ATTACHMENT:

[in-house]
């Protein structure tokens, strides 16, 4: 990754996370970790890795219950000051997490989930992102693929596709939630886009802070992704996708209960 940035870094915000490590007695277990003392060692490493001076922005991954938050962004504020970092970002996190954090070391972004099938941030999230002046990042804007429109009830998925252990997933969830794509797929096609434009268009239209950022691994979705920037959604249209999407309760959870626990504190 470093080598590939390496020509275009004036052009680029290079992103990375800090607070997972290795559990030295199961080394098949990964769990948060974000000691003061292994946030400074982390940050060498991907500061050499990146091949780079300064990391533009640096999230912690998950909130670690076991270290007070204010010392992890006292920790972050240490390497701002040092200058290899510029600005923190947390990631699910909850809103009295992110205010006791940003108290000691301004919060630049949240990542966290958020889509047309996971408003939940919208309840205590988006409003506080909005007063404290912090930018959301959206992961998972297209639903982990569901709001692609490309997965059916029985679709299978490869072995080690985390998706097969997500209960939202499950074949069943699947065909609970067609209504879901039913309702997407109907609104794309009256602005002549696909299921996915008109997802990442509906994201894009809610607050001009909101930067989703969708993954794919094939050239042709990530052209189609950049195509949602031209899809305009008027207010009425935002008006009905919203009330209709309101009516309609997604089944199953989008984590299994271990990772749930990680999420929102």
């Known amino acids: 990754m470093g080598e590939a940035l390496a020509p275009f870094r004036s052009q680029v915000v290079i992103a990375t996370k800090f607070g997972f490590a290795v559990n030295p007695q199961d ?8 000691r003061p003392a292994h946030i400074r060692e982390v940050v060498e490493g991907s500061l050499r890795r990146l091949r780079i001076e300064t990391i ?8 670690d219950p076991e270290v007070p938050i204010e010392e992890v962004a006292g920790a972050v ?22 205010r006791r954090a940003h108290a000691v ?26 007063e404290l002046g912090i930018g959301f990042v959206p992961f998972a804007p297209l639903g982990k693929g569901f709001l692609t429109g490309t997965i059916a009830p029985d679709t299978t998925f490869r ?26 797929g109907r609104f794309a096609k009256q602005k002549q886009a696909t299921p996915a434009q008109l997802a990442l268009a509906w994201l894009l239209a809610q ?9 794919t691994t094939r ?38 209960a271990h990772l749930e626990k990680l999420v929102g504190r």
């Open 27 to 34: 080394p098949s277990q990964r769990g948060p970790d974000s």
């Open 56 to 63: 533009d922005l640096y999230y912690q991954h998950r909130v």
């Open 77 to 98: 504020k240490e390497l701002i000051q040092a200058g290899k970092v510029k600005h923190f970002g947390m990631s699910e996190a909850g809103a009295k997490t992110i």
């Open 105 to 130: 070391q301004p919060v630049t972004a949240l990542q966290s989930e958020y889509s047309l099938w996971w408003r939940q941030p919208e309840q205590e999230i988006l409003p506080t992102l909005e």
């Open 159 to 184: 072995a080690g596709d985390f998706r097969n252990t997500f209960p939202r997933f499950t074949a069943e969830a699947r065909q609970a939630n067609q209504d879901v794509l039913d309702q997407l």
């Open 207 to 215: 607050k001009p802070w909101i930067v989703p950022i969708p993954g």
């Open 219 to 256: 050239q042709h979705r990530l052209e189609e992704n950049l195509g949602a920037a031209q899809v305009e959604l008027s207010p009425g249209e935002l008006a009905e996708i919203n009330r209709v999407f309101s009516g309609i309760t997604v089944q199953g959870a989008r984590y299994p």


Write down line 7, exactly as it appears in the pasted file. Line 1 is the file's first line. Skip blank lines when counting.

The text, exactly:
């Open 105 to 130: 070391q301004p919060v630049t972004a949240l990542q966290s989930e958020y889509s047309l099938w996971w408003r939940q941030p919208e309840q205590e999230i988006l409003p506080t992102l909005e």